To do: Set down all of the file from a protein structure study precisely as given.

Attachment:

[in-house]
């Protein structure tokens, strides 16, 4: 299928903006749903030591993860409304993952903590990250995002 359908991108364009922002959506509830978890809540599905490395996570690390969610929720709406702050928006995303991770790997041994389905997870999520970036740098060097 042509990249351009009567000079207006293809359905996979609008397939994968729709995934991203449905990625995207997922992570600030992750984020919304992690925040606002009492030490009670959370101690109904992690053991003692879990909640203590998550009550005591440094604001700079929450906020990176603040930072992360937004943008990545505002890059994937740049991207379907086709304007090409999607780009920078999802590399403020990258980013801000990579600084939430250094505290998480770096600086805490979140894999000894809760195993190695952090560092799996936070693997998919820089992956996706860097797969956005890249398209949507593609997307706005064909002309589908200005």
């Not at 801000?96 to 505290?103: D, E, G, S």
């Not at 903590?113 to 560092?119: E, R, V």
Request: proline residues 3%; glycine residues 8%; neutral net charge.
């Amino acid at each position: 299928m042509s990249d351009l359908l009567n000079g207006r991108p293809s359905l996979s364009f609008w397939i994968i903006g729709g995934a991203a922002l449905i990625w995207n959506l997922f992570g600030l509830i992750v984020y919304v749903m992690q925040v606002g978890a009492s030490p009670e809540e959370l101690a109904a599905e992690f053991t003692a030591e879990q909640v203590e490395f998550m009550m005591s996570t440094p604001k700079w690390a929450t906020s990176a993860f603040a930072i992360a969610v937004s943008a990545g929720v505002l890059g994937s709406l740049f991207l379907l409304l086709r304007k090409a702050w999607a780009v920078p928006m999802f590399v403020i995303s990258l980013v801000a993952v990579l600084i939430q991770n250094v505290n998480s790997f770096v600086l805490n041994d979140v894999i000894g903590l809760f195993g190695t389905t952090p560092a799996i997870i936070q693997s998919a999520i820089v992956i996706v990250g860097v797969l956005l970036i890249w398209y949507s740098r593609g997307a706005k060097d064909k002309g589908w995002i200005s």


[in-house]
């Protein structure tokens, strides 16, 4: 299928903006749903030591993860409304993952903590990250995002 359908991108364009922002959506509830978890809540599905490395996570690390969610929720709406702050928006995303991770790997041994389905997870999520970036740098060097 042509990249351009009567000079207006293809359905996979609008397939994968729709995934991203449905990625995207997922992570600030992750984020919304992690925040606002009492030490009670959370101690109904992690053991003692879990909640203590998550009550005591440094604001700079929450906020990176603040930072992360937004943008990545505002890059994937740049991207379907086709304007090409999607780009920078999802590399403020990258980013801000990579600084939430250094505290998480770096600086805490979140894999000894809760195993190695952090560092799996936070693997998919820089992956996706860097797969956005890249398209949507593609997307706005064909002309589908200005």
């Not at 801000?96 to 505290?103: D, E, G, S």
């Not at 903590?113 to 560092?119: E, R, V």
Request: proline residues 3%; glycine residues 8%; neutral net charge.
């Amino acid at each position: 299928m042509s990249d351009l359908l009567n000079g207006r991108p293809s359905l996979s364009f609008w397939i994968i903006g729709g995934a991203a922002l449905i990625w995207n959506l997922f992570g600030l509830i992750v984020y919304v749903m992690q925040v606002g978890a009492s030490p009670e809540e959370l101690a109904a599905e992690f053991t003692a030591e879990q909640v203590e490395f998550m009550m005591s996570t440094p604001k700079w690390a929450t906020s990176a993860f603040a930072i992360a969610v937004s943008a990545g929720v505002l890059g994937s709406l740049f991207l379907l409304l086709r304007k090409a702050w999607a780009v920078p928006m999802f590399v403020i995303s990258l980013v801000a993952v990579l600084i939430q991770n250094v505290n998480s790997f770096v600086l805490n041994d979140v894999i000894g903590l809760f195993g190695t389905t952090p560092a799996i997870i936070q693997s998919a999520i820089v992956i996706v990250g860097v797969l956005l970036i890249w398209y949507s740098r593609g997307a706005k060097d064909k002309g589908w995002i200005s």